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In the hot, shimmering desert sands of western Qatar, something strange, colossal and very strange looms on the horizon.
There is seemingly no logic in the appearance of four gigantic monoliths stretching into the distance along a barren corridor between low limestone cliffs.
And yet these metal invaders have felt strangely at home in the rugged landscape – adding a majestic dimension to this corner of the tiny Gulf state.
The steel plates, spread over a kilometer of desert on Qatar’s Zekreet Peninsula, are the work of Richard Serra, an American artist known for creating imposing metalwork sculptures.
The landmarks, titled “East-West/West-East”, which rise to 16.7 meters, were installed in 2014 after Serra was asked by art-loving Qatari royalty to make his mark on their land.
Several years later, the records are as bold as ever. Affected by rust and daubed with graffiti, but no less impressive for that.
These sentinels keep watch over empty terrain and look like they’ll last forever.
For the creator, the artwork’s obscure location in a destination where summer temperatures can exceed 50 C (122 F) was both a source of inspiration and concern.
“This is the most satisfying thing I’ve ever done,” he told The Independent during the installation. “It’s a piece I’d really like to see and I don’t know if it will happen.”
He needn’t have worried.
Although ‘East-West/West-East’ is hardly overrun, it has become a place of pilgrimage for locals, tourists and art lovers alike.
However, it is not easy to get there.
The nearest major highway is more than three miles away. There is no road leading to the statue and the trails crossing the nearby desert are not clearly marked.
Anyone driving there will need an all-terrain vehicle, which are generally not available for rent in Qatar to drive themselves. So visitors either need a local friend with access to big wheels, or join an organized trip – Qatar Inbound Tours is highly recommended (Souq Waqif, Souq Asiri, Waqif, Doha; +974 5553 1002).
And unless you’re with someone who knows their way around, a GPS device comes in handy. Despite its size, “East-West/West-East” cannot be seen from the main road. The only clue to the turn is a signpost prosaically pointing the way to “Camel Underpass No. 7.”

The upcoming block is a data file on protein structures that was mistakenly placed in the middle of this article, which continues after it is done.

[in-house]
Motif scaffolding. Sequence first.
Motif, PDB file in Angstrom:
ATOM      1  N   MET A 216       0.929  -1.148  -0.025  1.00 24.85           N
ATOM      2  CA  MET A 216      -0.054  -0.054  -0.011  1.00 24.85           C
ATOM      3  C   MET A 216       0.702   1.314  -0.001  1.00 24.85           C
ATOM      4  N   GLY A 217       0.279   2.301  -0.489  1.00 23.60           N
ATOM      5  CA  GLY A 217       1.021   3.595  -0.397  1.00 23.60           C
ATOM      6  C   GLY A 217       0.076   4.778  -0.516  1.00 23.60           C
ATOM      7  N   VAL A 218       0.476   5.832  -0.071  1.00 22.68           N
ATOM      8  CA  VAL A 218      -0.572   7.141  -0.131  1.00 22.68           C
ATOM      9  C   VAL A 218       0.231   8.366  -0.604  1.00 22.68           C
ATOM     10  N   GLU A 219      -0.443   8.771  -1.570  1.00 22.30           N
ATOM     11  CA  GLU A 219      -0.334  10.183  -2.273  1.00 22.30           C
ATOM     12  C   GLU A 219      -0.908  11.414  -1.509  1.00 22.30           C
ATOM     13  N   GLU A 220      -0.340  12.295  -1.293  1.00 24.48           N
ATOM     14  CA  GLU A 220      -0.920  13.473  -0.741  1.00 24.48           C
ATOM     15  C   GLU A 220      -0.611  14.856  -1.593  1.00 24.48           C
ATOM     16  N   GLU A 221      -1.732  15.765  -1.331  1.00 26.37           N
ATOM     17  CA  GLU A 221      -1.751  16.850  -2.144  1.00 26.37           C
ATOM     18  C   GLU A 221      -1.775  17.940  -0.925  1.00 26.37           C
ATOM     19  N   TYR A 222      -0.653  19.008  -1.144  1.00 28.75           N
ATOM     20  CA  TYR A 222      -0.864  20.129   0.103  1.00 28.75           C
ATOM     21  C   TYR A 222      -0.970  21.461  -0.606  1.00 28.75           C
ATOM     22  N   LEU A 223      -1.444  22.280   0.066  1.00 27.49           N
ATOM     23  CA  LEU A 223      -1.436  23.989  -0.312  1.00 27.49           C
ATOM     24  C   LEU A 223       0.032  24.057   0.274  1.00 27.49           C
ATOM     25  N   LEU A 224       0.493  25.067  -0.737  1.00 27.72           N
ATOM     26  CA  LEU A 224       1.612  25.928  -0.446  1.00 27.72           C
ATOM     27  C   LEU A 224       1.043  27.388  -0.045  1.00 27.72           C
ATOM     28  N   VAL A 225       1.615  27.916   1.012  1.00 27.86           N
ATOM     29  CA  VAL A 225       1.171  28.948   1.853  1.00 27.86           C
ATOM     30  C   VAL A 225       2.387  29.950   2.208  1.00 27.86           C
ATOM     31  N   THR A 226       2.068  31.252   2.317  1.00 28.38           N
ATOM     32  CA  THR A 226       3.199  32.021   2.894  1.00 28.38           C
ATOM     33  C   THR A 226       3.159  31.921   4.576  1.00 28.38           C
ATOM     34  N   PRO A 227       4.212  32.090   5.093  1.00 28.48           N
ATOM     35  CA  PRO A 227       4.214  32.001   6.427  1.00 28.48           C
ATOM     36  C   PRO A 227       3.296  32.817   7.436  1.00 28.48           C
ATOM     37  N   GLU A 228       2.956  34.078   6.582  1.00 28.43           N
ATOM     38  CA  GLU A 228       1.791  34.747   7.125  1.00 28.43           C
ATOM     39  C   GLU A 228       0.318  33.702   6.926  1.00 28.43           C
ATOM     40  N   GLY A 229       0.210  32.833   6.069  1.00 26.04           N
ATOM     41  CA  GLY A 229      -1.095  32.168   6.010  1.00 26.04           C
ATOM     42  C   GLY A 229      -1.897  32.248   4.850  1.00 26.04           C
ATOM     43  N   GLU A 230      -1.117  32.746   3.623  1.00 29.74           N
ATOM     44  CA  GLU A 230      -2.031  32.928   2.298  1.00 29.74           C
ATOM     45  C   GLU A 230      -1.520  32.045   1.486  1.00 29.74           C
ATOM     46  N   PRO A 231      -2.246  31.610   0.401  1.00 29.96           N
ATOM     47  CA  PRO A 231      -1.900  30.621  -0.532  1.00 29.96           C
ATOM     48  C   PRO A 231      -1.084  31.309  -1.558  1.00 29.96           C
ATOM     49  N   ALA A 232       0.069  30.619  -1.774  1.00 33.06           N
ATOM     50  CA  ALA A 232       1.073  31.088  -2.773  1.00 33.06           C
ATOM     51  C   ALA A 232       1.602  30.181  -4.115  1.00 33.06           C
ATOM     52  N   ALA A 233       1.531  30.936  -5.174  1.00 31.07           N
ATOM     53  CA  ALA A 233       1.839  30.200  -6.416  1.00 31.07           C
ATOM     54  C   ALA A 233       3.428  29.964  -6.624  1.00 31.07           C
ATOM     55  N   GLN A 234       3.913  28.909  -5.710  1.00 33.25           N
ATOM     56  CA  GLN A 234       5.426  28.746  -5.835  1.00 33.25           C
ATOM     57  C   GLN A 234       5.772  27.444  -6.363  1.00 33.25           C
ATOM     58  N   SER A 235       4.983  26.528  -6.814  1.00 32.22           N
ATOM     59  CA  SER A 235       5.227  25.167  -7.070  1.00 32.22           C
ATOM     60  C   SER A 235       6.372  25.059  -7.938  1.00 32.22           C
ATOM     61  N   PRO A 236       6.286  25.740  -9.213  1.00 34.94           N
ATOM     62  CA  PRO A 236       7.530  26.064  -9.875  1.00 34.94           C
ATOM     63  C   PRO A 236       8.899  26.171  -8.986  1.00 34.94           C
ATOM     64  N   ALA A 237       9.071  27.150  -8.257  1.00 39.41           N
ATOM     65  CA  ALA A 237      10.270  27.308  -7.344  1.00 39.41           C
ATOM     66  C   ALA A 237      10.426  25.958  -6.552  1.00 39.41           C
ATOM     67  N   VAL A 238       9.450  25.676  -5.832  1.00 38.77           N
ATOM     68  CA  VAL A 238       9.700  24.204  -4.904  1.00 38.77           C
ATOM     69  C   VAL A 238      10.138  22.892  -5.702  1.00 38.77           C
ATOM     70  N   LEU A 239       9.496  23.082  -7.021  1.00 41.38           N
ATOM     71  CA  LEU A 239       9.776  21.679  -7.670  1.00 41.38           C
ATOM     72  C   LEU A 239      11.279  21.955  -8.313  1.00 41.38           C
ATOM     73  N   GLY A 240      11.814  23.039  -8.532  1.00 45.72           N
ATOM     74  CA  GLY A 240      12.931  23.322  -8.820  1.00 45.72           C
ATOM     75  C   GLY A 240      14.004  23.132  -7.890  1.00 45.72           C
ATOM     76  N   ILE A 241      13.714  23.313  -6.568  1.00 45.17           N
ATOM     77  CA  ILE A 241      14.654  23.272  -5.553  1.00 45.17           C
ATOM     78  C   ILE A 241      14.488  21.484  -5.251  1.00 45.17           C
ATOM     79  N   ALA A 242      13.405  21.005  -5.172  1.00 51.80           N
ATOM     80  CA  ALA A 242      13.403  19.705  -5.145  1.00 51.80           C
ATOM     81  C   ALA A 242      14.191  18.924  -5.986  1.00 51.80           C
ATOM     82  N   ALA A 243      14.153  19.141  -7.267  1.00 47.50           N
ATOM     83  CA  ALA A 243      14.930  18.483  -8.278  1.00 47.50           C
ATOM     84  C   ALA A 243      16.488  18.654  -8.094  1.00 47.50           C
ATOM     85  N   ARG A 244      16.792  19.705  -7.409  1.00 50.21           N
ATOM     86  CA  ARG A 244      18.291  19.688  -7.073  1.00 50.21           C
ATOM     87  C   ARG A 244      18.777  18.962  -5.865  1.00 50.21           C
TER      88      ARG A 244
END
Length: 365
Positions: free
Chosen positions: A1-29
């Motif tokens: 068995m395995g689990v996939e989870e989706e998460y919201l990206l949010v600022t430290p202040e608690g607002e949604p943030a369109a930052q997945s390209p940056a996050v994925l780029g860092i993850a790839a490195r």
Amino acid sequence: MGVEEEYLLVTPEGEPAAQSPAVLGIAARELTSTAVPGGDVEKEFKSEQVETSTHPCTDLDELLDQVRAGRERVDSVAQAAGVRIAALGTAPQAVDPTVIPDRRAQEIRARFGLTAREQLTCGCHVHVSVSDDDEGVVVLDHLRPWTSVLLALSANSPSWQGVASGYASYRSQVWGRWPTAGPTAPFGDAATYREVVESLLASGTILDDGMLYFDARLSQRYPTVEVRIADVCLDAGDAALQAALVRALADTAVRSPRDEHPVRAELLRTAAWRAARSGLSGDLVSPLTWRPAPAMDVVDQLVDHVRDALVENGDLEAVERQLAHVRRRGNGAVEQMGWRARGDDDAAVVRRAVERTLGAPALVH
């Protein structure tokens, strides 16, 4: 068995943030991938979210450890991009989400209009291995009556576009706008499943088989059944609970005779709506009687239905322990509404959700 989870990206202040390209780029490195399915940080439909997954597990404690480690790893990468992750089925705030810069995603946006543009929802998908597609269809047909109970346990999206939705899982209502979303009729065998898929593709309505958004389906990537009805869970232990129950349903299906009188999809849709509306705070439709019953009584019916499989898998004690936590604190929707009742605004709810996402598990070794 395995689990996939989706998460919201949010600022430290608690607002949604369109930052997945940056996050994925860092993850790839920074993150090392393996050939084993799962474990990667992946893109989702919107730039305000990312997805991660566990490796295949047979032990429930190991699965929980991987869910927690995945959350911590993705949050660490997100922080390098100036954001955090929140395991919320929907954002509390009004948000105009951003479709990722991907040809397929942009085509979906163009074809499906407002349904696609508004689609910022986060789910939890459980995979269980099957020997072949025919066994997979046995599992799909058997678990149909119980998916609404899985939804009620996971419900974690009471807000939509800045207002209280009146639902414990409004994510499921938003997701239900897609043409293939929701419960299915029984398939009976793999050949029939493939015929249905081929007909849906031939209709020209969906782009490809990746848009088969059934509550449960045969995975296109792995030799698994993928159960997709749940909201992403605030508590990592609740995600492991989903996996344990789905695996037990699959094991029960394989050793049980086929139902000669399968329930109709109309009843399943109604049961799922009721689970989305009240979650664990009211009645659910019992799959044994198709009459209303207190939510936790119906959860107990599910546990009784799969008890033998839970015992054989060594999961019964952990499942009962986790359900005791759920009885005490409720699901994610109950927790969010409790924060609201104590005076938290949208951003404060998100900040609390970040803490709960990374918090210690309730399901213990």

Then it is a matter of carefully choosing a route through a maze of tracks in the sand, past the occasional encampment.
It’s a bad place for a flat tire or breakdown – there are few other vehicles here and, apart from lizards and perhaps a stray camel, hardly any living creatures.
However, when the sculptures come into view, it’s all worth it – especially for fans of the classic sci-fi movie “2001: A Space Odyssey”.
Being placed along a straight line at a distance of 250 yards, they rise slowly, one overshadowing the other in an obviously deliberate trick of perspective.
Up close, they are neck-raisingly tall, casting huge shadows that quickly lengthen as the hot sun blasts through the afternoon. They’re sturdy enough to absorb blows without making much noise, but when viewed from the side they’re barely there.
It’s hard to get a real sense of scale unless other people are around, but it’s worth making the somewhat rocky five-minute climb to the top of the nearby cliffs to get the full view of admire the monoliths that stretch out to the sea.
And if the temperatures aren’t too unbearable, walking the full mile of the statue is a must.
Serra’s fears of a lack of visitors were clearly unfounded, judging by the amount of graffiti scrawled on the metal plates over the years. While hardly an improvement, it has become part of the artwork.
During a 2014 CNN visit, some of the graffiti simply stated “I was here”, but others are outlets for artistic debate or national pride – with some of the more recent homegrown additions from Qatar expressing defiance in the face of regional sanctions .
Perhaps unsurprisingly, the tallest graffiti on one of the slabs was apparently the work of visitors from the Himalayan kingdom of Nepal.
While there’s plenty to see in ‘East-West/West-East’, the artwork isn’t the only attraction the Zekreet Peninsula has to offer.
A short drive further west leads to the Al Reem Biosphere Reserve, a UNESCO protected area believed to be home to gazelles, oryx, osprey and other rare desert fauna, although they seem to be difficult to spot.
Inside are more local quirks.
First, there’s Film City, a fortified town standing empty in the desert, with a Qatari flag flying from the mast atop the tallest tower. The gates are usually open and visitors can stop, explore and, if lucky, share a cup of sweet tea with the guard.
There is no real intrigue around this place. It was built as a filming location and has occasionally featured in Arab dramas and promos for the Qatar-hosted 2022 FIFA World Cup.
Somewhat more mysterious – in appearance at least – are the “desert mushrooms” of Qatar, another few kilometers along the peninsula.
Here, centuries of wind erosion have eroded a limestone bowl, giving the rocks beautiful, mushroom-like shapes. A prominent feature, known as “umbrella rocks”, is an island of weathered stone topped by an inaccessible building.
These and other small structures in the hollow are recreations of traditional shelters used for storing dates.
Today, they are just the last stop on a tour of one of the Arabian Gulf’s more unusual destinations.
Or the beautiful setting for a night camping under the stars, exchanging stories about strange things in the desert.